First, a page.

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Is There a Connection between Levothyroxine and Weight Loss?

By Erik J.J. Goserud
Updated Mar 03, 2024
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Levothyroxine and weight loss are indeed correlated in that a common adverse effect of this drug is loss of appetite and weight. This medication is a synthetic of the hormone it strives to mimic — thyroxine. It is primarily used in the treatment of numerous thyroid conditions.

Of all conditions related to the thyroid, hypothyroidism is the most common ailment in which levothyroxine is prescribed. The prefix hypo generally means under or less, which translates hypothyroidism into not enough thyroid action. Specifically, this condition describes the inability of the thyroid to produce enough thyroid hormones. Levothyroxine, by simulating thyroxine, acts to fill the void of insufficient production.

The effects of hypothyroidism are broad and varied, ranging from insignificant to life threatening depending on the severity of diagnosis. Among the symptoms are fatigue, depression, and weight gain. Also often present in later stages are slowed speech, goiters, and abnormal menstrual cycles in females.

Levothyroxine and weight loss are directly related, meaning that, the higher the dose prescribed or administered, the more significant the weight loss effects. Weight loss is only one of the multitude of possible adverse effects surrounding levothyroxine use. Other such effects include abdominal pain, palpitations, and insomnia. Also common are agitation and mood swings, nausea, and appetite swings.

Appetite swings are both a cause and effect of levothyroxine and weight loss. Some argue that a decreased appetite may cause the weight loss, whereas other evidence supports theories that the weight loss caused by this synthetic hormone in turn causes a counteracting increase in appetite as the body attempts to sustain sufficient weight. Although both increased and decreased appetite are reported with the use of this drug, levothyroxine and weight loss are more strongly correlated than levothyroxine and weight gain.

Those experiencing any of the symptoms associated with hypothyroidism should consult with a medical professional to discuss this potential disorder. Hypothyroidism can dramatically affect a person's mental and physical health, often decreasing quality of life and impairing lifestyles. A physician or health care provider may run a variety of tests, including hormonal measurements to better determine if a person is suffering from a thyroid disorder.

Once a diagnosis is confirmed, treatment options may be weighed out and implemented. Before agreeing to any particular method of treatment, it is necessary to consider both benefits and risks of the proposed treatment. If one is willing to risk the potential for adverse effects in treating a thyroid disorder, then perhaps a prescription drug such as levothyroxine is a valid option.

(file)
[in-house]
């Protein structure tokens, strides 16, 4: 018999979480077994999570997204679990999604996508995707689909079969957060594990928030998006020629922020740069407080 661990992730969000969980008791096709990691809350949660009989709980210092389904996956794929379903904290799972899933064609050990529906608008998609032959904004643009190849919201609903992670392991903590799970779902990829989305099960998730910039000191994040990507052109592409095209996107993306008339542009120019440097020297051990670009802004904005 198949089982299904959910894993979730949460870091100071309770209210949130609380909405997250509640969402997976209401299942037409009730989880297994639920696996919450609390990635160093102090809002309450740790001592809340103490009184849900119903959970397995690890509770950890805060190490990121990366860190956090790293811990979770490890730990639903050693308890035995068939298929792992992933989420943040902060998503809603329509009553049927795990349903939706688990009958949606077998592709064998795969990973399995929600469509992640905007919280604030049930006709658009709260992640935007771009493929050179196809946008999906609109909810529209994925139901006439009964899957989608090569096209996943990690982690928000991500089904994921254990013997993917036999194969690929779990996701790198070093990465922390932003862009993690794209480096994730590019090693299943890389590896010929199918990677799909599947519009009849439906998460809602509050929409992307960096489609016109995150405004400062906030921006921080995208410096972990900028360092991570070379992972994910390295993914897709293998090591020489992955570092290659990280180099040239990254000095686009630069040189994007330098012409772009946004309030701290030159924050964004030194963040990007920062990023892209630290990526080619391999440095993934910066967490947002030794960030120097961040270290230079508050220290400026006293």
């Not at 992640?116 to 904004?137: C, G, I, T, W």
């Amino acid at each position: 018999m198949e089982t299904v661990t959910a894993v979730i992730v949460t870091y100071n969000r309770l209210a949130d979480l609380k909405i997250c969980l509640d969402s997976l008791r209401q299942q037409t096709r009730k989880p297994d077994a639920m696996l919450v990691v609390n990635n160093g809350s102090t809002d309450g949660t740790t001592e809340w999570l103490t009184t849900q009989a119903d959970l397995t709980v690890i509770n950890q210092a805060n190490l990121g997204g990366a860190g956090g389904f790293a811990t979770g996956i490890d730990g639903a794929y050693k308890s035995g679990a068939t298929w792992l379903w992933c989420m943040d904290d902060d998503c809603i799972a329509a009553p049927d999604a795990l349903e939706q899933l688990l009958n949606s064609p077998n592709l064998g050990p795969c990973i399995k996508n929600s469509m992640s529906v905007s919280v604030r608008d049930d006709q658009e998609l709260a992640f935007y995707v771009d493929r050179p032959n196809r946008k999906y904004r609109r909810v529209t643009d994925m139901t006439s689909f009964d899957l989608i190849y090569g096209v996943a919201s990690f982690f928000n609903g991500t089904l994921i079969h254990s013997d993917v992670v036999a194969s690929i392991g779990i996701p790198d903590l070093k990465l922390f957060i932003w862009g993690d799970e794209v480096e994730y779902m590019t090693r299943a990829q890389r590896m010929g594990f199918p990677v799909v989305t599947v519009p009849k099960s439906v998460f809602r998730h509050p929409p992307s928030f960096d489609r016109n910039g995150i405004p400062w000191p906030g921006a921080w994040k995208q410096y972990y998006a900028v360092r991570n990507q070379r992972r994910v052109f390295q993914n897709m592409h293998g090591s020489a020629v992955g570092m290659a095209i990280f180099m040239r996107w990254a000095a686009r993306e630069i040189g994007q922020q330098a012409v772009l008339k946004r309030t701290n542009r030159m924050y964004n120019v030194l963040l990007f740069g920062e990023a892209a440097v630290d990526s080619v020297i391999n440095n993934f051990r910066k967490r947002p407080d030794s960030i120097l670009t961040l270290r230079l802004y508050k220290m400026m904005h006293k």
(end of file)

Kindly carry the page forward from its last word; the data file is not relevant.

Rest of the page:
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Discussion Comments
By anon992337 — On Aug 31, 2015

No, you learn to live with hypothyroidism and deal with an extreme hunger the whole day, and with time it just becomes "normal". I was, indeed, very skinny when I had hypothyroidism. My brain managed to understand that those were false alarms and that I was eating well, but now all the rings stopped and I feel no hunger until I know I'm dizzy and I'm going to get unconscious if I don't eat something now.

So this could be one of the most terrible side effects, especially if you're already skinny with hypo, you get to look anorexic and awful, and you lost the meaning of hunger. But you have you eat, because you have to.

By pleonasm — On Apr 22, 2013

@browncoat - That's not even mentioning that it's a prescription medication. I know that some people are able to get hold of this stuff regardless, but please think twice before trying to use it as a diet drug.

If it was any use as a diet drug, believe me, they would already be marketing it as one. The drug companies are all well aware that the first one to find a viable weight loss drug that doesn't cause terrible side effects is going to become rich beyond the dreams of avarice.

By browncoat — On Apr 22, 2013

@MrsPramm - They wouldn't say it was an effect if all the medication did was put the person back to the weight they would be without the disease. They don't call the headache stopping a "side effect" of taking aspirin.

People don't tend to think of weight loss as ever being negative these days, but it really can be, particularly if a person isn't well to begin with. Even if they are overweight, uncontrolled weight loss can be dangerous, particularly since they will presumably be on the medication for a while.

What worries me is all those people who see this as a side effect and think to themselves "where do I sign up?" when it's pretty obvious that it's a coin toss as to whether it would work in the first place and if it does make you lose weight you won't be doing it in a healthy way.

By MrsPramm — On Apr 21, 2013

I wonder why they call it an "adverse" effect if the effect itself is positive? I mean if one of the symptoms of hypothyroidism is excessive weight gain than surely losing the weight (curing the symptom) is one of the aims of the medication. It sounds like it's not fully understood or perhaps not completely controlled but generally I would have thought it was a positive thing to be losing weight if you've got too much of it.

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